Found: 18 x 12 Long Beach Hot Rod History
Last Saturday morning, I was ready to make things happen. I was mid-way through my chopper trip to Los Angeles. Two of the guys in our group (one of them being me) burnt out headlights during harrowing rides on the 405 freeway, so we wanted to head to the Long Beach Swap Meet to see if we could pick up a pair of 5.75-inch sealed beams. While we were there, I figured I would hit an estate sale.
Using my phone, I immediately hopped on Estatesales.net. It wasn’t long before I stumbled upon an ad advertising a sale in nearby Long Beach. The listing noted that the house, a beautiful Craftsman bungalow, has been in the family since 1915. One by one, I clicked through the photos looking for treasure.
Most of the time I just glance at a few shots to get the flavor of the sale. But this Saturday was different. Sifting through the images, I came across a shot of five 1934 Ford roadsters in front of Long Beach’s State Theatre. All the highboys were decked out for racing, including Al Gordon’s #15 Westwood Village car and another in full Gilmore livery. If I were to guess, I would say it was a professional shot used to promote an upcoming showing of “Stock Car Races” on March 26-30th. According to the seller, “These 18 x 12 inch, 1930s Long Beach photographs are in excellent condition…”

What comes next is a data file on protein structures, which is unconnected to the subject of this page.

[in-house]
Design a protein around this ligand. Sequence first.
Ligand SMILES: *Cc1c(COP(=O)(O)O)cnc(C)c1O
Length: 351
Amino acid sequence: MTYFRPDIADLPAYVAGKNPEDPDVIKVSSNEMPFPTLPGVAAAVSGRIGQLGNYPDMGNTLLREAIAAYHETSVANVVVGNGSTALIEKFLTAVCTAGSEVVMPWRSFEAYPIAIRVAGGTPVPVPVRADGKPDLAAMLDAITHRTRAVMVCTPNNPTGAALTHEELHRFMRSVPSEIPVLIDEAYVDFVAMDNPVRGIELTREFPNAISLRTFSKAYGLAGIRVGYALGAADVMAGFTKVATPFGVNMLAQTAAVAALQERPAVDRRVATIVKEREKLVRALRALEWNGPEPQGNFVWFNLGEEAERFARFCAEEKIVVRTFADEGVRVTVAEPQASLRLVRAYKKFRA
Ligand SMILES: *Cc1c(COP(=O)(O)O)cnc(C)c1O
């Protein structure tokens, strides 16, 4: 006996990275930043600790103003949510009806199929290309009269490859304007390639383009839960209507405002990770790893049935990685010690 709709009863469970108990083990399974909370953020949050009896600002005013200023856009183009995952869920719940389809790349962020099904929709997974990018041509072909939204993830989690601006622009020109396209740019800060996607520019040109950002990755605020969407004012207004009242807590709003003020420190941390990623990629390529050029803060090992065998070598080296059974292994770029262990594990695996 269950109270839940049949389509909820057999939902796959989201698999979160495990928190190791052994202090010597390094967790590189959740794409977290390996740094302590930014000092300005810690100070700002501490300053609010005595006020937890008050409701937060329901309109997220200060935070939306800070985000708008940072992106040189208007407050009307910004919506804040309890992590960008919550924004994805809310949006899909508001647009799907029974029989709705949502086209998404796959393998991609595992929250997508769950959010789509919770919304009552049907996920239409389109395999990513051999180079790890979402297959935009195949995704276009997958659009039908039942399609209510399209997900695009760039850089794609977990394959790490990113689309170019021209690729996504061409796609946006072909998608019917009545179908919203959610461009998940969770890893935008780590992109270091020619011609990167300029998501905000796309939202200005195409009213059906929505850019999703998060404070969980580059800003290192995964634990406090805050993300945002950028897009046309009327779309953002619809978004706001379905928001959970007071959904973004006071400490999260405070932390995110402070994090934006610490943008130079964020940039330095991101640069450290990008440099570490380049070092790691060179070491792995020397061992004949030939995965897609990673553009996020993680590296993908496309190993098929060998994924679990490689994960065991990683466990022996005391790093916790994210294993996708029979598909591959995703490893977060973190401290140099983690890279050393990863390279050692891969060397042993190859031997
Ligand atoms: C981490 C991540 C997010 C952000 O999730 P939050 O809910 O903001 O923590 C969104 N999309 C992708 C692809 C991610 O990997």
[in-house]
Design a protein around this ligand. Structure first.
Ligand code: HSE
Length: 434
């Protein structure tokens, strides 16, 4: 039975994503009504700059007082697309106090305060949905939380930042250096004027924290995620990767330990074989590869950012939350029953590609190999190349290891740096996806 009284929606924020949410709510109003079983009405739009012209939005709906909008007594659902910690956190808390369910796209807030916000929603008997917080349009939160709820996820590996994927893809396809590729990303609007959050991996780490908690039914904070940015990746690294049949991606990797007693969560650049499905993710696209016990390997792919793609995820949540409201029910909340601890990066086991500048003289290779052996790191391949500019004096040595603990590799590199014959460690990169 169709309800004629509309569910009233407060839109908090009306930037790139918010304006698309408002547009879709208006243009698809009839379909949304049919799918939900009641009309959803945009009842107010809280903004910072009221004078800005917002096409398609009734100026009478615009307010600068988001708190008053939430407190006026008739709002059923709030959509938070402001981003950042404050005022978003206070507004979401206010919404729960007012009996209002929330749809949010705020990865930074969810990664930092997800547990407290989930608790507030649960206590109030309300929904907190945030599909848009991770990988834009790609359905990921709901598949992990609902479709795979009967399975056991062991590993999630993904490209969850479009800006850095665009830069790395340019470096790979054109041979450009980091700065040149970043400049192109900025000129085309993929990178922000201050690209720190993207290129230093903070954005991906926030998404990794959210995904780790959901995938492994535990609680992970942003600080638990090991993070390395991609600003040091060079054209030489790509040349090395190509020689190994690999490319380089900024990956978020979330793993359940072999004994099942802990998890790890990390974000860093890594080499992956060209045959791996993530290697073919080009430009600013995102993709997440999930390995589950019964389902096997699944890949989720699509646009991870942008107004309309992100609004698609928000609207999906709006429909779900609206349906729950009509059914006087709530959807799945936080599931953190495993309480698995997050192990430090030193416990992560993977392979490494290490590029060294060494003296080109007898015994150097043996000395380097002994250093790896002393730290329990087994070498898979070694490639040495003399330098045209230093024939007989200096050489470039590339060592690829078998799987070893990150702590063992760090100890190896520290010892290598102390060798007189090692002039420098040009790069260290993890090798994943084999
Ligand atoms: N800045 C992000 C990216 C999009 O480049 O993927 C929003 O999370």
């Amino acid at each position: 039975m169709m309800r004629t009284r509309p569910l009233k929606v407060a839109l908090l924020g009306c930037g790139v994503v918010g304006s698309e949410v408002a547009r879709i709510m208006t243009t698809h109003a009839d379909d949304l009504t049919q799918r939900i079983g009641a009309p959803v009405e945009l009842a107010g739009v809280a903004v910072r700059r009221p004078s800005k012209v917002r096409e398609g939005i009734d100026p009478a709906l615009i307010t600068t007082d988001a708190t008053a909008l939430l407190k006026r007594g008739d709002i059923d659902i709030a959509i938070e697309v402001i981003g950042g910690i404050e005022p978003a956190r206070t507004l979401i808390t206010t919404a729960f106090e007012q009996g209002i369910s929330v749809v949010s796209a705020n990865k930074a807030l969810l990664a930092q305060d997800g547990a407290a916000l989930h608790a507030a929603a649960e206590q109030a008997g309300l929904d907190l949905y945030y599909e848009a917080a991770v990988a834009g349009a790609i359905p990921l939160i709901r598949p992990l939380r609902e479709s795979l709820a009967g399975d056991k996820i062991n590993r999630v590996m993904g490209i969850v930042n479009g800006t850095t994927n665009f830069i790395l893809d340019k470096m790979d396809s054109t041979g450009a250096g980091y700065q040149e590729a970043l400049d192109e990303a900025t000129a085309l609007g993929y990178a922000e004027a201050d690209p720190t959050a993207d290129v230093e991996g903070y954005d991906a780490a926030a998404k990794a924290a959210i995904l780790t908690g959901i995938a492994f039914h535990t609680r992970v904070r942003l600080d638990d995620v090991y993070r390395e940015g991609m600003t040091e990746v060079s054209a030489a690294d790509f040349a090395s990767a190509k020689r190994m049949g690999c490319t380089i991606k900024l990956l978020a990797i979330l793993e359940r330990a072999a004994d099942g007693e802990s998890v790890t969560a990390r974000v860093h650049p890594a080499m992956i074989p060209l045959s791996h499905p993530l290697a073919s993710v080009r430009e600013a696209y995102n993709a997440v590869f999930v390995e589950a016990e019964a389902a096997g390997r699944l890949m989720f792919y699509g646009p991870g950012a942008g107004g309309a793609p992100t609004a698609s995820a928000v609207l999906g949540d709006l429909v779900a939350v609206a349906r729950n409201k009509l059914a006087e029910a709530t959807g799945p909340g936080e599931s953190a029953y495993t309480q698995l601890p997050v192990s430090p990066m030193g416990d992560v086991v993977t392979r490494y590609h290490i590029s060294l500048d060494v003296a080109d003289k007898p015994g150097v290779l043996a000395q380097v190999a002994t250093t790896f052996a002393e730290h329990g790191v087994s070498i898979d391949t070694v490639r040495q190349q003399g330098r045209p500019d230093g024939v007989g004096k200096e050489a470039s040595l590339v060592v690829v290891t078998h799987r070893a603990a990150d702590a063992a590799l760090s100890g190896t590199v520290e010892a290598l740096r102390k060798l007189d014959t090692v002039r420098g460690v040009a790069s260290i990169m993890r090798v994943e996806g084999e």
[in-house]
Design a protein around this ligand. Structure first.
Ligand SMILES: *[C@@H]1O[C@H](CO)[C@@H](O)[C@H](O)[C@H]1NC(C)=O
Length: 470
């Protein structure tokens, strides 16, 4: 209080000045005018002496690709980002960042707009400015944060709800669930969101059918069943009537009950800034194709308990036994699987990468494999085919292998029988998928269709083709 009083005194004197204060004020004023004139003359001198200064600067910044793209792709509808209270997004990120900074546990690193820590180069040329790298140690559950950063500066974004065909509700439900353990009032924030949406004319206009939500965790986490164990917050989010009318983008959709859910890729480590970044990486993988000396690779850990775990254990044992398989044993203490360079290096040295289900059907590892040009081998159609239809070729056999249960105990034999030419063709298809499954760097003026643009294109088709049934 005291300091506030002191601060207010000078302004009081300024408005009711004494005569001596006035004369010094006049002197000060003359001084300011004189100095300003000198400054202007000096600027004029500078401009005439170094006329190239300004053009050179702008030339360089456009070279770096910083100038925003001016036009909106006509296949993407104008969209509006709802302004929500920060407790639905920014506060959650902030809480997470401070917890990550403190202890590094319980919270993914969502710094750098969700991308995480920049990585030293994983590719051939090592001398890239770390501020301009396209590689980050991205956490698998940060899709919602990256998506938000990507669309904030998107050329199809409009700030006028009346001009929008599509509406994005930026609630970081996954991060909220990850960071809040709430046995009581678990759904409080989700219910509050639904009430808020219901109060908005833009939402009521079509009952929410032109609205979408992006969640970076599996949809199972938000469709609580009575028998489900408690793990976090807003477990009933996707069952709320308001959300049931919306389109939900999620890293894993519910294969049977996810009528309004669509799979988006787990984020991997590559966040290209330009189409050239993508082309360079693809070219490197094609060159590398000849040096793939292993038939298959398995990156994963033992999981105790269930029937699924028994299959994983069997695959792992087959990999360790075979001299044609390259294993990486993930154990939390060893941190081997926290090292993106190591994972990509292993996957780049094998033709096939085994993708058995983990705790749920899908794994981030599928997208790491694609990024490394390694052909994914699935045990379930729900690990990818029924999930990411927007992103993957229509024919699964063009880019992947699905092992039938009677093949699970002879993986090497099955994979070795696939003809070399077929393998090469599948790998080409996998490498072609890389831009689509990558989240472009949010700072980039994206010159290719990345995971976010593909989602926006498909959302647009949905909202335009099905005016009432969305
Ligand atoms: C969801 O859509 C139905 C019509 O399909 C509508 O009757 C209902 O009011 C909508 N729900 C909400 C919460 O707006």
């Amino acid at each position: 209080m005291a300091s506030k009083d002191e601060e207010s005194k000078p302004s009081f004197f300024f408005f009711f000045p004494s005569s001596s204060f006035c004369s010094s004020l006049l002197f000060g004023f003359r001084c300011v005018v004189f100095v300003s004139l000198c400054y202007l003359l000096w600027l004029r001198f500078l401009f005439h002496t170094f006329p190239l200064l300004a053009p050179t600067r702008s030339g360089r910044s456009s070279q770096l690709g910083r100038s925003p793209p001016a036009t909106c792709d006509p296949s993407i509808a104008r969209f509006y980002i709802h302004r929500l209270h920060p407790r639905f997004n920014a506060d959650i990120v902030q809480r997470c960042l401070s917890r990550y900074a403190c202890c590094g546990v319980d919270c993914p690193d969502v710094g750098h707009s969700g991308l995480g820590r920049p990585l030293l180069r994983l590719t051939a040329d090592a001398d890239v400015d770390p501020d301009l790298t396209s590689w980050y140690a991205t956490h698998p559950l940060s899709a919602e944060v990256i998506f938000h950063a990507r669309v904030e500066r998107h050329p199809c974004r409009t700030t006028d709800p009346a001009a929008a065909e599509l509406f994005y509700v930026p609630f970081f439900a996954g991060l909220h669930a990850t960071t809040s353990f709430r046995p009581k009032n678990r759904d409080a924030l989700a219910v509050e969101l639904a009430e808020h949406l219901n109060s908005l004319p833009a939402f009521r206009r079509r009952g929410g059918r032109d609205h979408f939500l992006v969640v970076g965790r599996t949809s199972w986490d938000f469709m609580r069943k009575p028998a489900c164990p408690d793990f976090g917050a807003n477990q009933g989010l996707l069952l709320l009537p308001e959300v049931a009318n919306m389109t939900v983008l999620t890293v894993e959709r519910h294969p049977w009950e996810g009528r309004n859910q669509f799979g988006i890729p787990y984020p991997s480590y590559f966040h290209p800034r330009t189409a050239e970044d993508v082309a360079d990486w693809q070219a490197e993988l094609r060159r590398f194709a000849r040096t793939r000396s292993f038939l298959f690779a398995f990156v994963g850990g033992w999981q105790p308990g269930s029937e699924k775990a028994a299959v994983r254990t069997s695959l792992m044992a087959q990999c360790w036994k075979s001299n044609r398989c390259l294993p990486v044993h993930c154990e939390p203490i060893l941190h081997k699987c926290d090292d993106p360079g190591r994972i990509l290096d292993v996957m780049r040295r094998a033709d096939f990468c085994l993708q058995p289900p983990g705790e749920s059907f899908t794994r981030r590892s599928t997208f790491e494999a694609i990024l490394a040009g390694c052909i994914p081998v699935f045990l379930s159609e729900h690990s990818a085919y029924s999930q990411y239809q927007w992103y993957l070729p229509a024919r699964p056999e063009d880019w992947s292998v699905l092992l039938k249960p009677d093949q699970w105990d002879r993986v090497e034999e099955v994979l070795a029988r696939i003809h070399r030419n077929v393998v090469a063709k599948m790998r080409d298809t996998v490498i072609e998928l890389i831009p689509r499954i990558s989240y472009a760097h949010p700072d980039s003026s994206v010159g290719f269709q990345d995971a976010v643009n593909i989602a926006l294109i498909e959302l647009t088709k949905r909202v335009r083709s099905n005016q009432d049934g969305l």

Just like that, I was hooked. The remainder of the photos provided automotive-centric glimpses into pre- and immediate post-war Long Beach life. From Model T’s on flooded streets to General Motors’ Parade of Progress, they had their bases covered.
For my money, the last two from the dry lakes are my favorites. I was thinking the ’28 with a Deuce grille shell belonged to Lee Enfiajian of the Road Runners, but it’s pretty hard to verify at this point. Same goes for the scalloped track T. Do you recognize either of them?
Note: Sorry for the quality of these pictures. I ended up not going to the sale, but I did take some screenshots with an article in mind. Maybe one of you scooped up the originals?